People who identify as LGBTIQ+ can experience assumptions, discomfort, some discrimination, and a lack of knowledge while attending physiotherapy: a survey

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Abstract

Questions: What are the experiences of people who identify as lesbian, gay, bisexual, transgender, intersex, queer or related identities (LGBTIQ+) and attend physiotherapy? How could those experiences of physiotherapy be improved? Design: Primarily qualitative design using a purpose-built online survey. Participants: People aged 18 years or older, who self-identified as LGBTIQ+, and had attended physiotherapy in Australia. Methods: Open responses were analysed with thematic analysis and quantitative responses with descriptive statistics. Results: One hundred and fourteen participants responded to the survey, with 108 meeting all eligibility criteria. Four main themes were identified in the analysis, with almost all participants reporting experiences during physiotherapy interactions relating to at least one of the following themes: ‘assumptions’ about participants’ sexuality or gender identity; ‘proximity/exposure of bodies’, including discomfort about various aspects of physical proximity and/or touch and undressing and/or observing the body; ‘discrimination’, including reports of overt and implicit discrimination as well as a fear of discrimination; and ‘lack of knowledge about transgender-specific health issues’. Positive experiences were also evident across the first, third and fourth themes. Participants suggested or supported a number of ways to improve LGBTIQ+ experiences with physiotherapy, including: LGBTIQ+ diversity training for physiotherapists, education specific to the LGBTIQ+ population (particularly transgender health), and open options for gender provided on forms. Conclusion: People who identify as LGBTIQ+ can experience challenges when attending physiotherapy, including: erroneous assumptions by physiotherapists, discomfort, explicit and implicit discrimination, and a lack of knowledge specific to their health needs. Positive findings and participant-suggested changes offer ways to improve physiotherapy for LGBTIQ+ people across educational and clinical settings.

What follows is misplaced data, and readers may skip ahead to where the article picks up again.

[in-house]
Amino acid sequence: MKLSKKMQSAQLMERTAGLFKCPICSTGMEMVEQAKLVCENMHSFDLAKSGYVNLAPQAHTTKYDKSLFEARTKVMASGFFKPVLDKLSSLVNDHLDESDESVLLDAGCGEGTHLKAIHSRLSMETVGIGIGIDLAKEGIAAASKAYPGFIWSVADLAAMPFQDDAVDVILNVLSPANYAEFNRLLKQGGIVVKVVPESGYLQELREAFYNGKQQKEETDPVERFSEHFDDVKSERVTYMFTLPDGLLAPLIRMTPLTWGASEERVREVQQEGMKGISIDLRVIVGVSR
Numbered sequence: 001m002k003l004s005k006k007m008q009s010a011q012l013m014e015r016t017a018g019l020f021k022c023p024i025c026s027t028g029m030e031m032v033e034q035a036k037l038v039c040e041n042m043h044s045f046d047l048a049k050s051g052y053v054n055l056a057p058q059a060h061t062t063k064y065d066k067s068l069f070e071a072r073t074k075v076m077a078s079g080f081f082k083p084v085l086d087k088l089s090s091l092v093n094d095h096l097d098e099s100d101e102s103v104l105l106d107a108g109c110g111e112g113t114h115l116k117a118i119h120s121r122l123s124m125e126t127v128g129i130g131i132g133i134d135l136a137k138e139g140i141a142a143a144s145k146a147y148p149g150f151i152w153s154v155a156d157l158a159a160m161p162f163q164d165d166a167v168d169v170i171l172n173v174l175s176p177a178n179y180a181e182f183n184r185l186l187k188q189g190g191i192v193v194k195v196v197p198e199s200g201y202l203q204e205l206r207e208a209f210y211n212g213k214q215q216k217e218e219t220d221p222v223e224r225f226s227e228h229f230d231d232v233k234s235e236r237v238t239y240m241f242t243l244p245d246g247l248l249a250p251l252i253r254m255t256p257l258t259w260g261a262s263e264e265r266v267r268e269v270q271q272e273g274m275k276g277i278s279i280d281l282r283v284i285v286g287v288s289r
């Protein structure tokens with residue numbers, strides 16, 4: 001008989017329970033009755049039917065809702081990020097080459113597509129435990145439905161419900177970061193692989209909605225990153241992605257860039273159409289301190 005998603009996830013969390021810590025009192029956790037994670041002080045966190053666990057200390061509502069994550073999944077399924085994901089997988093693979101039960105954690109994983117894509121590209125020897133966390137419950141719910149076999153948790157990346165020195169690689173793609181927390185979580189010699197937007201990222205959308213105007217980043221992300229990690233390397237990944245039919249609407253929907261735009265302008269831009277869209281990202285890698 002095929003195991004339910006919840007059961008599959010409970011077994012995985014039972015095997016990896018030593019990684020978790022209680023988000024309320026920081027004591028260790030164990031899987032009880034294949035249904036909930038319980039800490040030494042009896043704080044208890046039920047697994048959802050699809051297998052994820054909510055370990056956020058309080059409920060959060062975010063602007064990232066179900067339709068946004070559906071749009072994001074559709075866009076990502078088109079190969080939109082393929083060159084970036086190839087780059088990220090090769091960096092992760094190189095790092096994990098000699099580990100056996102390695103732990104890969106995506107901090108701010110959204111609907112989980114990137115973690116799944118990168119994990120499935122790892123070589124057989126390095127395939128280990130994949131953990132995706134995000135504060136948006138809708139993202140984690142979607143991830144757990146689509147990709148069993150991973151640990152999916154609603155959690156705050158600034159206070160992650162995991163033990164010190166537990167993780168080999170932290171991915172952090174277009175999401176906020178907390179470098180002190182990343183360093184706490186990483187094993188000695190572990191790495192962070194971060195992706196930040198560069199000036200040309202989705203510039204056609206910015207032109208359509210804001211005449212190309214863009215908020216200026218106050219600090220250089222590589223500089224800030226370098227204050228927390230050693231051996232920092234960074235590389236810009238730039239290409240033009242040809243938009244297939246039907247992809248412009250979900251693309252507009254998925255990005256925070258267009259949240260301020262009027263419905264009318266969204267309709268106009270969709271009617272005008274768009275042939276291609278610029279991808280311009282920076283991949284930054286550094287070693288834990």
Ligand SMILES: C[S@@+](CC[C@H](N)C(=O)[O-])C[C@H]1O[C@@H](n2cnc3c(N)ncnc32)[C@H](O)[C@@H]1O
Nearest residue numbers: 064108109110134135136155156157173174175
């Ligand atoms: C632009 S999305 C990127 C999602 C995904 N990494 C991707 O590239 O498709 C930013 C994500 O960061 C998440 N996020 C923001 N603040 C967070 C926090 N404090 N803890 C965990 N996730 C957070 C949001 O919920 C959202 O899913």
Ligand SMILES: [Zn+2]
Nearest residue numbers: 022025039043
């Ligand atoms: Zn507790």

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APA

Ross, M. H., & Setchell, J. (2019). People who identify as LGBTIQ+ can experience assumptions, discomfort, some discrimination, and a lack of knowledge while attending physiotherapy: a survey. Journal of Physiotherapy, 65(2), 99–105. https://doi.org/10.1016/j.jphys.2019.02.002

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